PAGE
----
Ubon has a large night market, which is a great place to get a cheap meal and buy some local produce.

If you are in the area during the festival of awk hansaa in July, make sure you stay for the Candle Festival, when processions of wax religious images are carried through the city on floats.

Nakhon Phanom, Thailand

Nakhon Phanom, Thailand
Nakhon Phanom, Thailand
Nakhon Phanom, Thailand
Nakhon Phanom, Thailand

The name Nakhon Phanom means ‘city of hills’ in the Thai language, and this ancient city located on the right bank of the Mekong River in Nakhon Phanom Province in northeast Thailand gets its name from the striking jungle covered mountains which surround it. Nakhon Phanom is situated 580 kilometers northeast of Bangkok, across the Mekong River from the Laotian town of Thakhek. Nakhon Phanom is well known as a place of great beauty and a gentle pace of life which immediately enchants visitors and stays with them throughout the rest of their journey.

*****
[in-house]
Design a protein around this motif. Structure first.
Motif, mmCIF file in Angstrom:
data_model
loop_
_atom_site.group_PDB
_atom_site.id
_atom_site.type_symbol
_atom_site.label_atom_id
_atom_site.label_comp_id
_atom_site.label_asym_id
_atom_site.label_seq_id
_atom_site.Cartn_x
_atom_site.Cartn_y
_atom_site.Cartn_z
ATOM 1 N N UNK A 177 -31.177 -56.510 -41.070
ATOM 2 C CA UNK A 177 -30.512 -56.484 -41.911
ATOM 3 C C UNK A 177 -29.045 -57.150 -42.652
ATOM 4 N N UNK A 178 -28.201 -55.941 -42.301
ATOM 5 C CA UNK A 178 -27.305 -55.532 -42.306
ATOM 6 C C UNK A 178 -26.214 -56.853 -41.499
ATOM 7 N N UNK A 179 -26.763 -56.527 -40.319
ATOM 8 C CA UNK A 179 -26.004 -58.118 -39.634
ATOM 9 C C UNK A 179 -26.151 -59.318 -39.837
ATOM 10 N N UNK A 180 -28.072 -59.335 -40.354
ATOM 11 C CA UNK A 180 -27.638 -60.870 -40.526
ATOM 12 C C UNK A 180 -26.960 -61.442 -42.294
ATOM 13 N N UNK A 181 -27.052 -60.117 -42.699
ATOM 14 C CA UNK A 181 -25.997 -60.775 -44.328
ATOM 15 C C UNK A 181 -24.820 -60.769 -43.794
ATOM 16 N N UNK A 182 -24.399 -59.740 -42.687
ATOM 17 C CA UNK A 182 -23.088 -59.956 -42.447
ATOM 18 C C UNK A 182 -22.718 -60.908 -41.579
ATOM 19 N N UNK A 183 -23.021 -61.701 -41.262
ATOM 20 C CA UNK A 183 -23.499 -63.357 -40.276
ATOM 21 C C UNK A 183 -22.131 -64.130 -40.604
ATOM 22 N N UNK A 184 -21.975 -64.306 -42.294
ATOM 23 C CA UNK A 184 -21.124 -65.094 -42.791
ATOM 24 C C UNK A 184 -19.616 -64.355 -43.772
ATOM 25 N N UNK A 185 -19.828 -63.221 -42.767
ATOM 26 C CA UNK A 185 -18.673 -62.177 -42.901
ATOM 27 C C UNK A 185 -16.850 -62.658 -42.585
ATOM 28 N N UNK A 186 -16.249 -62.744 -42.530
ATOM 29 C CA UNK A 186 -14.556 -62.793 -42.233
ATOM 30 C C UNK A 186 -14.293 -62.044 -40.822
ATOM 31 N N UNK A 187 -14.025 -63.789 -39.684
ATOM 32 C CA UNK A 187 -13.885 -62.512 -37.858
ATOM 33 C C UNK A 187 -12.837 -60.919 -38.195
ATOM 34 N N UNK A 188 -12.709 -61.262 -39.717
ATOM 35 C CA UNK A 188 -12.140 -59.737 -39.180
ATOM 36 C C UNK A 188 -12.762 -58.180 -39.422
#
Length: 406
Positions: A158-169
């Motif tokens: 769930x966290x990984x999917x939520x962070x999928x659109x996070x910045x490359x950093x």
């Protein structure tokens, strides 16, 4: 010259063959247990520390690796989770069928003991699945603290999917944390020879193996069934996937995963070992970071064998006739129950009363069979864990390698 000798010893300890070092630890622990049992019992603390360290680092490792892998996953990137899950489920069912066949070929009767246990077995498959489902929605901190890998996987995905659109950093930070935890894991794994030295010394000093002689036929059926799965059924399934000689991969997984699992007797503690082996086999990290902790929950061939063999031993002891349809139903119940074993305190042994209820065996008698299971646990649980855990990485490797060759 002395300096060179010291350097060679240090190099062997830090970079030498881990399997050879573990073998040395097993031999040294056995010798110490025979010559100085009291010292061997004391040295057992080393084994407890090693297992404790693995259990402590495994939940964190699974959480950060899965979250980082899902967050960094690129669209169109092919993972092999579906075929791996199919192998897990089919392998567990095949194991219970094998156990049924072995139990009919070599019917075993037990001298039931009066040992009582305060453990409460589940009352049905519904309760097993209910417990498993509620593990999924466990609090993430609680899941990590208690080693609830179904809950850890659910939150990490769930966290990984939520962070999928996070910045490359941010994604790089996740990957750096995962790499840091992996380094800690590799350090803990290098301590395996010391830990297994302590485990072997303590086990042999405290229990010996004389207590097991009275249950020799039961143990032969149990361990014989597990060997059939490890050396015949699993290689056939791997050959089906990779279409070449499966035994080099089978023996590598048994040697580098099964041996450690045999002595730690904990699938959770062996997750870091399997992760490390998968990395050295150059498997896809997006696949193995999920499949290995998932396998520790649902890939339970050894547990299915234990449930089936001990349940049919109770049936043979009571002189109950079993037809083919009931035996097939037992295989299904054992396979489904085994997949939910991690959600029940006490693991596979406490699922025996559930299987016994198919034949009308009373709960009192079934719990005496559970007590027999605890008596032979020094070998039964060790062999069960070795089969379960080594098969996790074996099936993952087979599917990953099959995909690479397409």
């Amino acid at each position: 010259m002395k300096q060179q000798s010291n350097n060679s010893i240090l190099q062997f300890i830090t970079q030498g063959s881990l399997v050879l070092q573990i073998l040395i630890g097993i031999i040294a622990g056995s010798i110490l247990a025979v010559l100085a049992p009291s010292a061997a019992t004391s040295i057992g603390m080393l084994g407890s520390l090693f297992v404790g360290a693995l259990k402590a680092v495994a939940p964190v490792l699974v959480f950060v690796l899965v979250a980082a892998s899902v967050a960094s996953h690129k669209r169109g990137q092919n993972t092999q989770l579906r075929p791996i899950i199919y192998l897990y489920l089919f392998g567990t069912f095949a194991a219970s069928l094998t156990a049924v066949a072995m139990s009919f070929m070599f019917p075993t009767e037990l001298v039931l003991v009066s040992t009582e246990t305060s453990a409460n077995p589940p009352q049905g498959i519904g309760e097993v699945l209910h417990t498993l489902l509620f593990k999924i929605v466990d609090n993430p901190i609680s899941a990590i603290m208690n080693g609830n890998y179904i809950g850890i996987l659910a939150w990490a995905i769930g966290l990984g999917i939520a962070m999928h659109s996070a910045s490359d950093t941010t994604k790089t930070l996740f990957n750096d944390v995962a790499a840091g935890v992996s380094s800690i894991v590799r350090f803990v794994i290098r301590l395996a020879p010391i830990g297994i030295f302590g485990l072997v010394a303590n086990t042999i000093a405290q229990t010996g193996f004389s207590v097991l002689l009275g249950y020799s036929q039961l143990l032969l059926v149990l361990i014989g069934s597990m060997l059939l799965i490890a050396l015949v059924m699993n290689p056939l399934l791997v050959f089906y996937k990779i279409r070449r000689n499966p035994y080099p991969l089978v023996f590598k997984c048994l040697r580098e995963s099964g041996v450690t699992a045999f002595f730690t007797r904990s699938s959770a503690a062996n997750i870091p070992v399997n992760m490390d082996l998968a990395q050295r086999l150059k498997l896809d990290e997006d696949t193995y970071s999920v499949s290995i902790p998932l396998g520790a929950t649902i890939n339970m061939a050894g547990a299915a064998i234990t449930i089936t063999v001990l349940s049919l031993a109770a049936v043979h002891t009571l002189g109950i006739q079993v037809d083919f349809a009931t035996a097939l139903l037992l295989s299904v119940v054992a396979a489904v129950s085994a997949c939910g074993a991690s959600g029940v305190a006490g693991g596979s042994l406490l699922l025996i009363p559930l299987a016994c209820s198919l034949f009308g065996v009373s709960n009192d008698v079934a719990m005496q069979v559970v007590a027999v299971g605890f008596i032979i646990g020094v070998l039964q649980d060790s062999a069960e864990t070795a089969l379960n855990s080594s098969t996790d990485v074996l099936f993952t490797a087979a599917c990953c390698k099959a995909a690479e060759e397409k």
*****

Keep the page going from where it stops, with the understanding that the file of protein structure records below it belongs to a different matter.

The culture, art, music and customs of the Lao people have a strong influence on this area, and it is blended well with the elements of Thai culture as well as the faint traces of other cultures which still linger in the background.

It is well worth taking the time to explore the town’s temples, especially as many of them embrace both Thai and Lao temple design features. Wat Si Thep is a good place to start as it is covered with a collection of beautiful murals. Other interesting temples include Wat Okat Si Bua Ban, Wat Maha That and Wat Noi Pho Kham.

Located 50 kilometres from Nakhon Phanom town, Phra That Phanom is the most celebrated temple in the area and makes a good day trip. The temple features a magnificent 53 metre high five-tiered golden umbrella inlaid with a plethora of precious gems.

Just 4 kilometres west of Nakhon Phanom town, Ban Na Chok offers a rare opportunity to visit a Vietnamese community in Thailand and learn about their unique culture and traditional way of life.

There are many other appealing villages around Nakhon Phanom town that make good day trips. Hire a bicycle and head 45 kilometres north to Nam Song Si. Another great day trip is the cotton weaving village of Renu Nakhon, 52 kilometres south. Whilst there, pay a visit to the attractive Wat Phra That Renu Nakhon.